Elephant grass is extremely palatable when young and leafy (Cook et al., 2005). However, it becomes coarse and unpalatable when it matures. In a trial in Nigeria, fresh elephant grass cut during the dry season was less palatable to West African dairy goats than Guinea grass (Megathyrsus maximus), Gliricidia sepium, Leucaena leucocephala or Terminalia catappa. Goats were also found to refuse elephant grass in a free-grazing trial (Babayemi, 2007). Animals tend to select the most palatable and nutritive parts so that differences in quality are less important in the actual intake than in the offered feed, as was shown in a trial in Venezuela with sheep fed ad libitum elephant grass cut at different stages (Butterworth, 1965). For that reason, fresh elephant grass is often chopped to prevent animals from selecting the best parts (Moran, 2011).

Digestibility and intake

Elephant grass is rather low in energy and protein, due to its high cell wall content (Artus-Poliakoff et al., 1991; Krishnamoorthy et al., 1995). Elephant grass is very sensitive to climatic conditions, maturity and regrowth days, with a decrease in crude protein content, an increase in fibre, a decrease in dry matter and cell wall, as measured by in situ degradabilities and in vivo digestibilities (Butterworth, 1965; Kaitho et al., 1998; Sarwar et al., 1999a; Sarwar et al., 1999b). As in most grasses, young grass has a better nutritional value. However, because its cell wall content does not increase with age as fast as in other tropical forages, such as kikuyu (Pennisetum clandestinum) and pangola grass (Digitaria eriantha), elephant grass retains a given level of digestibility for a longer period (Orodho, 2006). In Venezuela, OM digestibility measured on sheep ranged from 65% at 30 days of regrowth to 60% at 70 days (Butterworth, 1965). In Brazil, DM intake and OM digestibility measured in steers linearly decreased with days of regrowth: OM digestibility varied from 75% at 33 days to 56% at 93 days. The authors recommended using of elephant grass between 30 and 35 days of regrowth (Machado et al., 2008).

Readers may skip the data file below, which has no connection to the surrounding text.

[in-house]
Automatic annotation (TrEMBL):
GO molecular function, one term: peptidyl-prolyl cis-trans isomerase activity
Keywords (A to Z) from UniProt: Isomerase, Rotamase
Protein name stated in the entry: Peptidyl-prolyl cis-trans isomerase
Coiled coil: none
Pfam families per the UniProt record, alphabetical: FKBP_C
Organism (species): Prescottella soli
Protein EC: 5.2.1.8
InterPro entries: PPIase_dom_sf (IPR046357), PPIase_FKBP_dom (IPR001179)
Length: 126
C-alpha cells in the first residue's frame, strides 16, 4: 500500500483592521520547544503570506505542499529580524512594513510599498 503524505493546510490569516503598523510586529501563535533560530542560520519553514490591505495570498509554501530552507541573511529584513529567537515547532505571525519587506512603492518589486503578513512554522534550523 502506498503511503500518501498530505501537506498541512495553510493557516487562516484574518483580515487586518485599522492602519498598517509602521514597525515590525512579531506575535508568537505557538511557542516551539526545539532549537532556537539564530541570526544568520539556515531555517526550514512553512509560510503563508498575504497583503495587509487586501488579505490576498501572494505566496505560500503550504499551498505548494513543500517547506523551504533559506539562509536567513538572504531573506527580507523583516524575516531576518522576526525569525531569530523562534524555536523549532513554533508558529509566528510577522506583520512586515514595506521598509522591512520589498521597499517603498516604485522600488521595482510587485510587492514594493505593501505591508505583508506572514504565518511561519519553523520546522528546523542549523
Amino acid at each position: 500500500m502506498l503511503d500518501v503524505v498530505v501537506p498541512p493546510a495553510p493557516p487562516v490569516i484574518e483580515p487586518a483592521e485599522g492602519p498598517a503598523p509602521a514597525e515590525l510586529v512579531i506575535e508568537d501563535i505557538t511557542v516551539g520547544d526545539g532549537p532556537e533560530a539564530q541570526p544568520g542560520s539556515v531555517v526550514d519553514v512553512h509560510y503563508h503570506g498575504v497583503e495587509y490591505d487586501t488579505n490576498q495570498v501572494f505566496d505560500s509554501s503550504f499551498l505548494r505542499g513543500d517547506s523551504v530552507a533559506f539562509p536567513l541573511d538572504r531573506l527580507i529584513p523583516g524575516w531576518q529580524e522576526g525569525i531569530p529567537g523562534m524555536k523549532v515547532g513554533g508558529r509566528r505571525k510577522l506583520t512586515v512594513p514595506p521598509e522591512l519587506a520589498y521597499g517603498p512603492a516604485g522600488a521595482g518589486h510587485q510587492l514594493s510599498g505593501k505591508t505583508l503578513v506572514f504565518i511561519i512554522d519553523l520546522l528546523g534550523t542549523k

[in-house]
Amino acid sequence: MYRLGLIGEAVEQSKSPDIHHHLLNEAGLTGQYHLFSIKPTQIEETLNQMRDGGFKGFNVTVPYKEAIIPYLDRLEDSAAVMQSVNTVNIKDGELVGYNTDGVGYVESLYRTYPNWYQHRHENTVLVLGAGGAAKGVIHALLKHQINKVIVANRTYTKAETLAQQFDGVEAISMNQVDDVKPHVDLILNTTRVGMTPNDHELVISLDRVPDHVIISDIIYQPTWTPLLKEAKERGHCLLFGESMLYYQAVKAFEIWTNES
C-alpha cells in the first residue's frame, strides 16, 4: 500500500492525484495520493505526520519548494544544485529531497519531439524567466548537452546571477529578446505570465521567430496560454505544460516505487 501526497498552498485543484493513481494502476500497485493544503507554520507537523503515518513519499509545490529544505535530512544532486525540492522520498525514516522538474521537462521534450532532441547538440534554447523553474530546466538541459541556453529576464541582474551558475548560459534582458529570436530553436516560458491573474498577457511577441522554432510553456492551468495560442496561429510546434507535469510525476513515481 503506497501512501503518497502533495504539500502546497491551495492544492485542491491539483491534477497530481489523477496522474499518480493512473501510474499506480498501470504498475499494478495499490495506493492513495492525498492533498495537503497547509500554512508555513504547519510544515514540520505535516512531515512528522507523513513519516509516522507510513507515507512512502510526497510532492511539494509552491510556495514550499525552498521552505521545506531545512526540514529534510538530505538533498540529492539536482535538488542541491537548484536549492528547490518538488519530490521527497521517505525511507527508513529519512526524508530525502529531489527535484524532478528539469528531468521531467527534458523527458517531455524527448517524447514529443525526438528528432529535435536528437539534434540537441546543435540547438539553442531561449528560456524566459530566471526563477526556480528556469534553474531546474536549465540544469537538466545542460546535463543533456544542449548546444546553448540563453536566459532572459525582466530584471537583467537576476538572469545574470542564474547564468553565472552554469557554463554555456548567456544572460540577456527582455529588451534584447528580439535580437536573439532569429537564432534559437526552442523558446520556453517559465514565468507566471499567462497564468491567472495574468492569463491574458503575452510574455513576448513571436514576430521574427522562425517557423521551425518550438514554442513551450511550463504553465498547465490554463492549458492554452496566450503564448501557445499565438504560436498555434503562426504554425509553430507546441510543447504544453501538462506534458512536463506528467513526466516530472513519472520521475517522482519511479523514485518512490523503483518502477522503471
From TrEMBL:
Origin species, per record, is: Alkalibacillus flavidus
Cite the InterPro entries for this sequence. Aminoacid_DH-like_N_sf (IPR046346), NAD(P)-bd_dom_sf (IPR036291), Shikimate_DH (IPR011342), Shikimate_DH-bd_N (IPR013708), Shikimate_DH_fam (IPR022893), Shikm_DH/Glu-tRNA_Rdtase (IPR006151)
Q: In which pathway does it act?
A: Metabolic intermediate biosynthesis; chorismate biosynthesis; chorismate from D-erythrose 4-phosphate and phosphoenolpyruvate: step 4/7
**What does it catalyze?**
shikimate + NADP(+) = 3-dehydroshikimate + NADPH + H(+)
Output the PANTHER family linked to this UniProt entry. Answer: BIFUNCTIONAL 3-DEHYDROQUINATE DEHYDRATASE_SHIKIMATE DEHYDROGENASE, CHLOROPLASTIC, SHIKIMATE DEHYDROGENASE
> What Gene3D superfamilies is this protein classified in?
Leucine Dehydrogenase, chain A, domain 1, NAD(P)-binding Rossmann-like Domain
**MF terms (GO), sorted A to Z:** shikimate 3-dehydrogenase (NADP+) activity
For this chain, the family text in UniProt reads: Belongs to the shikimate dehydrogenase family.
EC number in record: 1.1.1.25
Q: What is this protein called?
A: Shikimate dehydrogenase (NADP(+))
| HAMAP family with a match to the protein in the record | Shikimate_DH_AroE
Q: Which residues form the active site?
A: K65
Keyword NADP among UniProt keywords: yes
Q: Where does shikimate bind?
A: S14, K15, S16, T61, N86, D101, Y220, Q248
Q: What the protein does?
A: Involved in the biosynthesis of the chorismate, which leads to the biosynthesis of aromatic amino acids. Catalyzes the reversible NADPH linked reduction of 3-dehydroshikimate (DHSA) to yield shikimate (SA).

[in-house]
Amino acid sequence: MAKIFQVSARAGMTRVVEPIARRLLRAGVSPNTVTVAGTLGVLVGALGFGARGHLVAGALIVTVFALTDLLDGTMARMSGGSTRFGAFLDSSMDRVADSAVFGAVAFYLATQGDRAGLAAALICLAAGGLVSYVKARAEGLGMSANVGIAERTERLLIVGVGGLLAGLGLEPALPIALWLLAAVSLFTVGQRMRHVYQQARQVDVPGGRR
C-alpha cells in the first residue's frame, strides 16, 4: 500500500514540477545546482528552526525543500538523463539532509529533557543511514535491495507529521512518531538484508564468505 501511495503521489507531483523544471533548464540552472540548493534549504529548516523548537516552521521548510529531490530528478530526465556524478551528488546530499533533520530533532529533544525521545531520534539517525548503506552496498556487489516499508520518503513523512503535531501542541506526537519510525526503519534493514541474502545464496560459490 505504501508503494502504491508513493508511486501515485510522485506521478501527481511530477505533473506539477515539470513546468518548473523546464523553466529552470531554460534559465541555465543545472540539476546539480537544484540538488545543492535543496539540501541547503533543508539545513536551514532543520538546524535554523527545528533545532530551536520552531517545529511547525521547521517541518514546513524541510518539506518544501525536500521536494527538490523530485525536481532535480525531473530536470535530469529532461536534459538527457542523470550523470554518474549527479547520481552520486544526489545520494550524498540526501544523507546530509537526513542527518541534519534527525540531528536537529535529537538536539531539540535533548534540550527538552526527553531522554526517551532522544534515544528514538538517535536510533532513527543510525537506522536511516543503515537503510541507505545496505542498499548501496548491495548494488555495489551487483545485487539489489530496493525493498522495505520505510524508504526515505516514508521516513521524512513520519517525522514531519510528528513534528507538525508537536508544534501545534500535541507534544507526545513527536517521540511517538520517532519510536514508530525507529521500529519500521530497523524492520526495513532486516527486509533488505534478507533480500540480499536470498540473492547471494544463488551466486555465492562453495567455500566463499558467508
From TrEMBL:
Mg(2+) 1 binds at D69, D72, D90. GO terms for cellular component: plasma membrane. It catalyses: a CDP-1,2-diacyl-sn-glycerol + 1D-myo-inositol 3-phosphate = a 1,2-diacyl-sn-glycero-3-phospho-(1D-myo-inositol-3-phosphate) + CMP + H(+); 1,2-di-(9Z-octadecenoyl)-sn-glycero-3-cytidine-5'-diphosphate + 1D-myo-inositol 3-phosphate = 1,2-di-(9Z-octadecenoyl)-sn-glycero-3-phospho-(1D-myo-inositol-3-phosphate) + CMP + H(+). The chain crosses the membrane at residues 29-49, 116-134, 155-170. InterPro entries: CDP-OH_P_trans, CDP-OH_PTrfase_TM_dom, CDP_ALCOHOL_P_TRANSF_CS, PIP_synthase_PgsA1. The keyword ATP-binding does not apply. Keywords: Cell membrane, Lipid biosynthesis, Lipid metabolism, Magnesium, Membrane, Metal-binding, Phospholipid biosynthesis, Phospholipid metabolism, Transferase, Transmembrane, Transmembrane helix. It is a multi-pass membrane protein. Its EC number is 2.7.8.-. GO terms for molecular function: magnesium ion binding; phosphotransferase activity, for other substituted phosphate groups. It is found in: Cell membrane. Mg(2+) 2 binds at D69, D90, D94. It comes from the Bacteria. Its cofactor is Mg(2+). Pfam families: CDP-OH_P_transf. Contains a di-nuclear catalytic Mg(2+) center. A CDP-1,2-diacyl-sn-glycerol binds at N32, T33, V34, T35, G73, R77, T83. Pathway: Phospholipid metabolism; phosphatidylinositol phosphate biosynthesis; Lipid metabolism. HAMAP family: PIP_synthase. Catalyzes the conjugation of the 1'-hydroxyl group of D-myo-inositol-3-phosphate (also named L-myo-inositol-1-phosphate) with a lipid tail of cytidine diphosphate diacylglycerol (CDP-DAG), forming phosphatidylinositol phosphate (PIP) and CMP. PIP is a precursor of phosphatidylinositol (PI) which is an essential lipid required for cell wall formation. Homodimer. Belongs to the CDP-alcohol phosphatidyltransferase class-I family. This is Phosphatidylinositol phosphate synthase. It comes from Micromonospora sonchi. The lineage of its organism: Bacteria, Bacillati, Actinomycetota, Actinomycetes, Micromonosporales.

A comparison of grass species in Brazil found that elephant grass has an in vitro DM digestibility similar to signal grass (Brachiaria decumbens), but higher than Guinea grass (Megathyrsus maximus) with a lower insoluble potentially degradable fraction and a higher degradation rate for DM, crude protein and cell wall (Benedetti et al., 2008). Elephant grass harvested in Central Brazil during the dry season after 100 days of growth had a better nutritive value (gas production) than Bermuda grass (Cynodon dactylon), giant star grass (Cynodon plectostachyus) and koronivia grass (Brachiaria humidicola) due to its lower cell wall and lignin contents, and higher N content (Nogueira Filho et al., 2000).

When elephant grass is very young, its high water content might decrease voluntary intake due to a fill effect caused by water intake (Soares et al., 2009). Some results suggest that, at restricted level of intake, maturity can result in an increase of metabolizable energy available in the gastrointestinal tract (Kozloski et al., 2003). The duration of rumination and the transit time of feeds increased markedly with older grass, resulting in an increased digestive efficiency (Butterworth, 1965). In Pakistan, the use of N fertilizer increased the protein concentration of the elephant grass but could not reverse the adverse effects of maturity on nutrient digestibility in buffaloes (Sarwar et al., 1999a; Sarwar et al., 1999b).